Herman Miller At the Woodson

Exceptional exhibit at the Woodson Art Museum relating to the Herman Miller company.  Now, whenever I hear the name, “Herman Miller,” which I do all the time on NPR, I can’t help but think there is a guy by the name of “Herman Miller” who does nothing but design furniture all day, especially since this company is well known for their wonderful designs.

But turns out that Herman Miller (the man) never really designed anything, he was a fellow with deep pockets whose money kept a struggling furniture  company from going under in the Great Depression.  The company was renamed in his honor, and what an honor it has turned out to be.  You can read all about this on the Hazel Home blog.

In the mean time, save me a spot on the Marshmallow Sofa and I’ll see you at the Woodson!

Things Are Moving Around

Apparently a few of you have noticed the new project in town.  Although a little more limited in scope than what the Wausaublog was, it has a much bigger purpose.

One of my goals in writing the Wausaublog was always to promote our town in hopes of making us tourists in our own town.  I don’t know about you, but when I travel somewhere I make a point of going to the little main street shops, the out of the way scenic spot and the mom and pop diner.  You don’t drive halfway across the state to shop at Wally-World after all.

But we forget to do that in our own home towns, and it is just as interesting here, if not more so, given that we have the time to really explore such places, returning again and again.

Not only is exploring locally more fun, it is better for our economy.  Shop at a big box and a big chunk of change goes out of town to executive salaries and such.  Shop locally and it all stays here — and keeps moving around here.  So, it is totally win-win.

So buy local and check out our new site: Buy Local Central Wisconsin.

Rhythm and Bows

I am a bit late with this post, but forgive me, I am new at this sort of thing.🙂

I had the wonderful opportunity to go to the Stevens Point Jazz Fest over Labor Day weekend and was pretty much blown away. But I will save that part for last, even though it was not last in chronological order.

There were a few groups of local stars, even if they were playing with people from out of town, with our own John Greiner sitting in with several bands. All very, very good playing jazz standards. A wonderful way to pass a beautiful almost fall afternoon.

The final set of the festival was performed by Madisalsa which put on an incredible high energy show that featured a multi-player rhythm section and an amazing horn section. It is no wonder they were named Madison’s “Favorite Dance Band” for three years running. People certainly did get up and dance. The show was amazing. But it was not the best of the weekend.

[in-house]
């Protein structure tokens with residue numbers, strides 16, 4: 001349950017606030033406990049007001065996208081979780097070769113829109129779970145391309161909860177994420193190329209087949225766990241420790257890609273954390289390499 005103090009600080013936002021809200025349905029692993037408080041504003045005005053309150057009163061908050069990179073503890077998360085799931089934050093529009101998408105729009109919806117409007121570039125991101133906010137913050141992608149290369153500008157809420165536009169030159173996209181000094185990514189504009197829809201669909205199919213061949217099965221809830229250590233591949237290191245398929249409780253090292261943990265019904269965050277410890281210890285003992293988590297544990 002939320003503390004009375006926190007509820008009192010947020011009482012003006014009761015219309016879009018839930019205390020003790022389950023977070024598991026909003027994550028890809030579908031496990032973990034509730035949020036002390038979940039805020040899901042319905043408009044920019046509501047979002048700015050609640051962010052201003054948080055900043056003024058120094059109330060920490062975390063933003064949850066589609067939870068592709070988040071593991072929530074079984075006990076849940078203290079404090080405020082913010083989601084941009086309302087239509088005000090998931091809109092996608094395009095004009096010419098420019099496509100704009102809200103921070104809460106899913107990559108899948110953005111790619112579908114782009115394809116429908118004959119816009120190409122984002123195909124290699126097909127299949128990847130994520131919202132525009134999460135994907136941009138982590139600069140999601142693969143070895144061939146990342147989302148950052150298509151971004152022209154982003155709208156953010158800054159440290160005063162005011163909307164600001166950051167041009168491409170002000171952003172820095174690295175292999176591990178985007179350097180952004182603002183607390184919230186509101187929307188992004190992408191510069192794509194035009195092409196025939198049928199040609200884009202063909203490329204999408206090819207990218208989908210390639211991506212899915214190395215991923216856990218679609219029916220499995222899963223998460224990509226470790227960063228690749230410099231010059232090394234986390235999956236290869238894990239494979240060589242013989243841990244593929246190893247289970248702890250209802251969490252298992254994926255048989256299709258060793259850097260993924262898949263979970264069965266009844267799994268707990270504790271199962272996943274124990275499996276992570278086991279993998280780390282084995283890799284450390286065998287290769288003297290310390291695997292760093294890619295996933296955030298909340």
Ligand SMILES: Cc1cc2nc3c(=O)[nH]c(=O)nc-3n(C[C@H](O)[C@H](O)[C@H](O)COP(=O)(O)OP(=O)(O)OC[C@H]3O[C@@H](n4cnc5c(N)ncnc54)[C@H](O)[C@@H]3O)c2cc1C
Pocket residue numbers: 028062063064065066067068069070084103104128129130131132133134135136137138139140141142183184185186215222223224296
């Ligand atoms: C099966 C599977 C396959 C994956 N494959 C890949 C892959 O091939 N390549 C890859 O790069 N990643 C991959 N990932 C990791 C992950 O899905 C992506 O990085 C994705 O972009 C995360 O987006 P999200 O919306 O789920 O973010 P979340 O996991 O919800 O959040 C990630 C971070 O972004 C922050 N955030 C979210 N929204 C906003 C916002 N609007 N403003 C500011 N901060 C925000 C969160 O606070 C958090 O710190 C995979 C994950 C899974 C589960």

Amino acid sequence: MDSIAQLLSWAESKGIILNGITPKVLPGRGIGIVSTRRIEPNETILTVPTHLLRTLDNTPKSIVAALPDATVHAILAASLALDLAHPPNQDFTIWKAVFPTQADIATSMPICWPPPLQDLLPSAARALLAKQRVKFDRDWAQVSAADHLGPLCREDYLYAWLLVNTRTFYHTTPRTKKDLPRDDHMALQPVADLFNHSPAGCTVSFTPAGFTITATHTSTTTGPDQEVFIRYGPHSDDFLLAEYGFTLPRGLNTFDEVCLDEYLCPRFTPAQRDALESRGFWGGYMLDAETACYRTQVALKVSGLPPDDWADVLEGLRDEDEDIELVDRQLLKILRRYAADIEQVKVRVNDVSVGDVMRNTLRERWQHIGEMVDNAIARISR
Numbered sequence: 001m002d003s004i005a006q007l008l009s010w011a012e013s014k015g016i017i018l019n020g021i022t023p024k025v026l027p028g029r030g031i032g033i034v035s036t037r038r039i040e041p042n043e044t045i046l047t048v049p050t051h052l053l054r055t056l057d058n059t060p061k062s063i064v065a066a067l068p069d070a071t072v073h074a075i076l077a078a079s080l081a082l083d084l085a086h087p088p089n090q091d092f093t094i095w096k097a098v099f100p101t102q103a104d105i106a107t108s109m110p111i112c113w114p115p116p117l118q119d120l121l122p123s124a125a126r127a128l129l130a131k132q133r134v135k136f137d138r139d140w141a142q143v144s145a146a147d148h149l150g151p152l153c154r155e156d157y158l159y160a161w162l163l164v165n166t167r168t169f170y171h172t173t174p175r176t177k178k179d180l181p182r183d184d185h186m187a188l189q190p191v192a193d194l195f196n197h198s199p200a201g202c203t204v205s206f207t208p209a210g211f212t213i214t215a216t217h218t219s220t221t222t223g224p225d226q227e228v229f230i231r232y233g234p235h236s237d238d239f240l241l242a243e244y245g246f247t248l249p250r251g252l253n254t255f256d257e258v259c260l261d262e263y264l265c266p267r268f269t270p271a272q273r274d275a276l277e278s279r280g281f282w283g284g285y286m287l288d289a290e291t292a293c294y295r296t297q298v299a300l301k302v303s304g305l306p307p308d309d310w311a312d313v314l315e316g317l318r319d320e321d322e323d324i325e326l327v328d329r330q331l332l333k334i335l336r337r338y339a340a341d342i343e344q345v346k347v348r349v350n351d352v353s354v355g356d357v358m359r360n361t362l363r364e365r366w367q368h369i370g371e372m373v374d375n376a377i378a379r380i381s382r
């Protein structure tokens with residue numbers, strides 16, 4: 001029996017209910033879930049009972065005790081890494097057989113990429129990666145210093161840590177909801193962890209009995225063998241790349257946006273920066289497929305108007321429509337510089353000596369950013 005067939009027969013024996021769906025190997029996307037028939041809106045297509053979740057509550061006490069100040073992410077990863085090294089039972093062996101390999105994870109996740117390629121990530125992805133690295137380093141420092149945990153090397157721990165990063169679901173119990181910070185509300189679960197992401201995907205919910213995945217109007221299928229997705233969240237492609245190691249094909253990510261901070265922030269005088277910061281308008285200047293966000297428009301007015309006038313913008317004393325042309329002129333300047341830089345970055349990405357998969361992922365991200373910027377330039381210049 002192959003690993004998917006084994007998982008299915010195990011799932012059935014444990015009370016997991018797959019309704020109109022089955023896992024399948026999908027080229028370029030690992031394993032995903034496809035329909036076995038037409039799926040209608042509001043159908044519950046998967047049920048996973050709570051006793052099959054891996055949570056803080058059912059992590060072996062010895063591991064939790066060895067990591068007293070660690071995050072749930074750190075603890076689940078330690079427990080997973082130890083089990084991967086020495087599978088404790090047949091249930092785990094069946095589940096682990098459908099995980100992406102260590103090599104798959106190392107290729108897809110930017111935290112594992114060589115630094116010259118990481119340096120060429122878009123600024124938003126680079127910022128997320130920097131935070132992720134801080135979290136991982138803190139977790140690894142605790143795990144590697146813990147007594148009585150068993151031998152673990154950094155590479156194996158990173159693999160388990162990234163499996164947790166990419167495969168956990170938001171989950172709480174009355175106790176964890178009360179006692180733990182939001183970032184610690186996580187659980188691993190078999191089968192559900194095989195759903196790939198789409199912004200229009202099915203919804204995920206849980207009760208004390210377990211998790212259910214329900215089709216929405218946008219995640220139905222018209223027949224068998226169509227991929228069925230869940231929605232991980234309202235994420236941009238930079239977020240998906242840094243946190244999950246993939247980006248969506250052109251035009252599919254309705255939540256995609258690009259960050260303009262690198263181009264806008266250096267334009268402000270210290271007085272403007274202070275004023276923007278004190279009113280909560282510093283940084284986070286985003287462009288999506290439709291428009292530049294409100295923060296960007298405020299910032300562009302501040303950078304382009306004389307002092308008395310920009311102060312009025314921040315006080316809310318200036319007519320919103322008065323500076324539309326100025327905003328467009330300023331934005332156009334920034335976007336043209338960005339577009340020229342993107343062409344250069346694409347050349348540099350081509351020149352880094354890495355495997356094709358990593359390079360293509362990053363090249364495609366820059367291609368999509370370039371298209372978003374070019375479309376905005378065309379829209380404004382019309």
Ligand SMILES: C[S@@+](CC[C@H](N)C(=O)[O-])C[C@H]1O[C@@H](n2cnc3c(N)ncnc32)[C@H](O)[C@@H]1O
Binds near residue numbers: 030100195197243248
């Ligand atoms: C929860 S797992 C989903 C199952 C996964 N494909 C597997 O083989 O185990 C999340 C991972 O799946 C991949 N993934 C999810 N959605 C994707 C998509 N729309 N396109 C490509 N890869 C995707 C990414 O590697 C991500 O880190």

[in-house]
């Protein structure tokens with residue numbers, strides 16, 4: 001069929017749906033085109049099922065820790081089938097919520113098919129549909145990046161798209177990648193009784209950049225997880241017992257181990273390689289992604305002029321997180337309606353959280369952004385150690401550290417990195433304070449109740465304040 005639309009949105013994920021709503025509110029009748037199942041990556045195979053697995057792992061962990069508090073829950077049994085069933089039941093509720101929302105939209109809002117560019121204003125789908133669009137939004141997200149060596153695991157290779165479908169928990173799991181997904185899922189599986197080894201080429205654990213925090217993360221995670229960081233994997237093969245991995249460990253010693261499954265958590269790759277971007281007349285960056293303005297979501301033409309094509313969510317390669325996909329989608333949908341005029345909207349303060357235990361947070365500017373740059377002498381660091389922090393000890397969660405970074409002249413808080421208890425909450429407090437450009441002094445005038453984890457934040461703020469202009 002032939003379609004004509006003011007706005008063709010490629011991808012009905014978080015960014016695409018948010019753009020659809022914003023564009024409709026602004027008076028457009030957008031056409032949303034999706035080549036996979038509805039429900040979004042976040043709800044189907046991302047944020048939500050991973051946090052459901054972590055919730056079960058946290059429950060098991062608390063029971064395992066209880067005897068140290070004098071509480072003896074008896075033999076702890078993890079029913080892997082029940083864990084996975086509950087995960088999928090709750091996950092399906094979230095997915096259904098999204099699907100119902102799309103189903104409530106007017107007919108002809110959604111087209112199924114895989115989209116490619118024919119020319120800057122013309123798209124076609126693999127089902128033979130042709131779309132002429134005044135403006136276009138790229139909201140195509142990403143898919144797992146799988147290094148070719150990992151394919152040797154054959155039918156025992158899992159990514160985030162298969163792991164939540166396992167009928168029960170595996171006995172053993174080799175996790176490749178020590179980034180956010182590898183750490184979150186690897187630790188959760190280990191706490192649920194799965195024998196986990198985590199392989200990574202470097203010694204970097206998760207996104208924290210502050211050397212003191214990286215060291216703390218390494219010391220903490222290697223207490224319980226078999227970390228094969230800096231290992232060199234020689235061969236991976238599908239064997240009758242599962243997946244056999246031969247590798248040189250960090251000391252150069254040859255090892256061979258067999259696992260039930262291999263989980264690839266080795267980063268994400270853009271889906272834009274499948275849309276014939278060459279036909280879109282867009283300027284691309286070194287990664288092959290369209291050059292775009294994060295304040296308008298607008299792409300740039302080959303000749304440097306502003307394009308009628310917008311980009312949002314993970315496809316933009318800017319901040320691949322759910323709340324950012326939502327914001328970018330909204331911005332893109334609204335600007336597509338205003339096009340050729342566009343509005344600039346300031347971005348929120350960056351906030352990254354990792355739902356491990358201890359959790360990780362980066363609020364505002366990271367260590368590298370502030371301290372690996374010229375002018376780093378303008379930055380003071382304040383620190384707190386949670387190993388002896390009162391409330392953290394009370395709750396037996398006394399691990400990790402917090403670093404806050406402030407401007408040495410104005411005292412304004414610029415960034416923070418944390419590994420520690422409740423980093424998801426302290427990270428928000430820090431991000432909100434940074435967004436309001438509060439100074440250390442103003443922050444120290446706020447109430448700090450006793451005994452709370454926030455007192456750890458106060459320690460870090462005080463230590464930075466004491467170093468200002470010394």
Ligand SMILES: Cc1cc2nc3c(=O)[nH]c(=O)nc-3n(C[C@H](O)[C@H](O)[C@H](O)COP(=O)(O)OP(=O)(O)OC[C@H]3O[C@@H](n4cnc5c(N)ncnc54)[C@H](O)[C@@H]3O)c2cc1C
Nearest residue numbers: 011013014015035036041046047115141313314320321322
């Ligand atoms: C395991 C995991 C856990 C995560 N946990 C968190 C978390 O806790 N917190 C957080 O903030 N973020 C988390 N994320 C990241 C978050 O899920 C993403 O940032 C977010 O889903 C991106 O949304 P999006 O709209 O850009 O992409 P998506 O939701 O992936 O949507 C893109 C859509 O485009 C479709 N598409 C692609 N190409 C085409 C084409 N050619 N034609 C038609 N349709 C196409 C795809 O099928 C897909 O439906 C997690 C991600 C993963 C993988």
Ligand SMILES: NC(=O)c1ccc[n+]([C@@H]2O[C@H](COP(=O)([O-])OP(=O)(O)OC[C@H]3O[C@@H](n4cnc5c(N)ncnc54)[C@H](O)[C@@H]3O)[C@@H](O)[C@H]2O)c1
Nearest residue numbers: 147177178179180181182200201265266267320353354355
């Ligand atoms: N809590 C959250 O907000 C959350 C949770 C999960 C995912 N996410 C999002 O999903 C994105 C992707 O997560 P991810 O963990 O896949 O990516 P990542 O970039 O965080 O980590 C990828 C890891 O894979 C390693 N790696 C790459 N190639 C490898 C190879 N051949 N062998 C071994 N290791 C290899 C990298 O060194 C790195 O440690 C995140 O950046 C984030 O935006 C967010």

The guy who rocked the house down to the ground plays the violin. I am not making this up.

Randy Sabien came prepared for musical battle as it were. Including him there were three violins fronting his “Fiddlehead” band and behind him were not one, but two drum kits. And on one of those drum kits was Randy’s secret weapon: The Funky Drummer.

Clyde Stubblefield who once laid down tracks with James Brown, and may be the most sampled musician ever, can still lay down an awesome beat, even though he is eligible for Social Security. Every punk band in the state wishes they had someone who could hit the drumhead as hard and as accurately as Mr. Stubblefield. And on this night he had a shadow!

The effect was quite overwhelming. If you want to get some idea of what it sounded like, head on over to Randy’s MySpace page and check out the tracks, he played all four that night. Of course you have to scale it up about 1000 percent and play it outdoors on a perfect night for the full effect.

A couple of notes about the songs. “Clyde O Scope” is a tribute to Mr. Stubblefield, the world as seen through Clyde’s eyes, according to Randy. And the “Cliffs of Dover” was originally written as a guitar hero piece, but personally, I like Randy’s version a million times better, it is less egotistical and more of a happy party than the original.

If you get any chance to see Randy Sabien live, by all means get out there and see the amazing show.

ETS and the FOA

Unfortunately, “Edward T. Schoenberger” is not a well known name around town, or at least not as well known as it should be.   There are no streets named in his honor, no schools or really anything as far as I can see.  His two largest works, if not entirely forgotten are no longer in their original locations, other works by Mr. Schoenberger are gone forever, like the man himself.

Ed Schoenberger was first and foremost an artist, working in a wide range of mediums.  One common thread to his work is that he had a knack for creating larger than life works of public art.

He started on that path in his native New Orleans during the Great Depression, painting a mural on the history of printing for the New Orleans Public Library as part of the Works Project Administration.  When World War II came along, Ed  found himself in the Army Air  Corps, but even in a time of war, Ed’s talent could not be denied and he again created larger than life murals, this time for US military bases.

After the war he headed for the East Coast where he worked as a designer for several companies.  With his cosmopolitian background: art schools, New York, Philadelphia, New Orleans, it might seem strange that he would up spending most of his life in Wausau.  But he did.

Succumbing to the pleadings of an old army buddy, John Stoutenburgh, Ed took a position as assistant director of the Marathon County Historical Society in 1957.  I wish that Ed were still alive so I could find out what exactly Stoutenburgh might have said to entice Ed to drop his East Coast life and come to Wausau.  Must have been powerful stuff.  Schoenberger spent 50 years in Wausau, until his passing in October of last year at the age of 92.

Schoenberger might have had a job title that indicated he was some kind of historian, but no matter what the title, he was first and foremost an artist.

His art projects and murals filled the Yawkey House with educational backdrops for the exhibits.  A totem pole he carved for the museum was later moved to Camp Phillips.   After filling the Historical Museum with his work, he branched out all over town, painting murals and creating sculptures in banks and schools all over town.  And he also created two of this town’s most famous unknown pieces of public art.